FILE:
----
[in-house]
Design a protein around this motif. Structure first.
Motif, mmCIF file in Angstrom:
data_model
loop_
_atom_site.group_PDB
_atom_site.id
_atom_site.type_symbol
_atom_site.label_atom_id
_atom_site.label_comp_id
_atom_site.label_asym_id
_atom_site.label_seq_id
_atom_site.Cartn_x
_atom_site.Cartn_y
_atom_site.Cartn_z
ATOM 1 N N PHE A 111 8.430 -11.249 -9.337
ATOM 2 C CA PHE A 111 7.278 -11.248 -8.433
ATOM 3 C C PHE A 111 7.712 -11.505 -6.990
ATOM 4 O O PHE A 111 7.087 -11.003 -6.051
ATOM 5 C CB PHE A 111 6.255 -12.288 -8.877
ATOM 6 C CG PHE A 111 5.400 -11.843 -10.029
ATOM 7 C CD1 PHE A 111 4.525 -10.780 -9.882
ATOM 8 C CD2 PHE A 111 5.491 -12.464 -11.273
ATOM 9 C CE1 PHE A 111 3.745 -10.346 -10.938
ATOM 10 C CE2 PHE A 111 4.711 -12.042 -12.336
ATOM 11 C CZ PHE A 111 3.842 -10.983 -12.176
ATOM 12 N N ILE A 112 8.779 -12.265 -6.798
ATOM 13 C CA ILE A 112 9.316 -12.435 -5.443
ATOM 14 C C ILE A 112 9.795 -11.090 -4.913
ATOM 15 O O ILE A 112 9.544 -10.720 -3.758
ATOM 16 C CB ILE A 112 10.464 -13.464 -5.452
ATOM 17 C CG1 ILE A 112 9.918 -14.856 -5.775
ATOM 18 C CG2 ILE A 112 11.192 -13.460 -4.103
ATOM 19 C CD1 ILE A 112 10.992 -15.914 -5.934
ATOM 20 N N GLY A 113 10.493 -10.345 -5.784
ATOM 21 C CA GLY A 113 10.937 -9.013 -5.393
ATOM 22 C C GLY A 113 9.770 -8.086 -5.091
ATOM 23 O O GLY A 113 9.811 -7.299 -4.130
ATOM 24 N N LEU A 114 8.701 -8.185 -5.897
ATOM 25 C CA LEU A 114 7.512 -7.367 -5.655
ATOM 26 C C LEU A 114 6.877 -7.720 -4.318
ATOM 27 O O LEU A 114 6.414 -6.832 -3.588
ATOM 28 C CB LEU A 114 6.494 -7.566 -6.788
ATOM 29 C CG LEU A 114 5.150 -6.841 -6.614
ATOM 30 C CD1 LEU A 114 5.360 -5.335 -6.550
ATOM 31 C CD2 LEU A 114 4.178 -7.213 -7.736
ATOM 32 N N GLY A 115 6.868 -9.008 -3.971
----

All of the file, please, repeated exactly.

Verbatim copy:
[in-house]
Design a protein around this motif. Structure first.
Motif, mmCIF file in Angstrom:
data_model
loop_
_atom_site.group_PDB
_atom_site.id
_atom_site.type_symbol
_atom_site.label_atom_id
_atom_site.label_comp_id
_atom_site.label_asym_id
_atom_site.label_seq_id
_atom_site.Cartn_x
_atom_site.Cartn_y
_atom_site.Cartn_z
ATOM 1 N N PHE A 111 8.430 -11.249 -9.337
ATOM 2 C CA PHE A 111 7.278 -11.248 -8.433
ATOM 3 C C PHE A 111 7.712 -11.505 -6.990
ATOM 4 O O PHE A 111 7.087 -11.003 -6.051
ATOM 5 C CB PHE A 111 6.255 -12.288 -8.877
ATOM 6 C CG PHE A 111 5.400 -11.843 -10.029
ATOM 7 C CD1 PHE A 111 4.525 -10.780 -9.882
ATOM 8 C CD2 PHE A 111 5.491 -12.464 -11.273
ATOM 9 C CE1 PHE A 111 3.745 -10.346 -10.938
ATOM 10 C CE2 PHE A 111 4.711 -12.042 -12.336
ATOM 11 C CZ PHE A 111 3.842 -10.983 -12.176
ATOM 12 N N ILE A 112 8.779 -12.265 -6.798
ATOM 13 C CA ILE A 112 9.316 -12.435 -5.443
ATOM 14 C C ILE A 112 9.795 -11.090 -4.913
ATOM 15 O O ILE A 112 9.544 -10.720 -3.758
ATOM 16 C CB ILE A 112 10.464 -13.464 -5.452
ATOM 17 C CG1 ILE A 112 9.918 -14.856 -5.775
ATOM 18 C CG2 ILE A 112 11.192 -13.460 -4.103
ATOM 19 C CD1 ILE A 112 10.992 -15.914 -5.934
ATOM 20 N N GLY A 113 10.493 -10.345 -5.784
ATOM 21 C CA GLY A 113 10.937 -9.013 -5.393
ATOM 22 C C GLY A 113 9.770 -8.086 -5.091
ATOM 23 O O GLY A 113 9.811 -7.299 -4.130
ATOM 24 N N LEU A 114 8.701 -8.185 -5.897
ATOM 25 C CA LEU A 114 7.512 -7.367 -5.655
ATOM 26 C C LEU A 114 6.877 -7.720 -4.318
ATOM 27 O O LEU A 114 6.414 -6.832 -3.588
ATOM 28 C CB LEU A 114 6.494 -7.566 -6.788
ATOM 29 C CG LEU A 114 5.150 -6.841 -6.614
ATOM 30 C CD1 LEU A 114 5.360 -5.335 -6.550
ATOM 31 C CD2 LEU A 114 4.178 -7.213 -7.736
ATOM 32 N N GLY A 115 6.868 -9.008 -3.971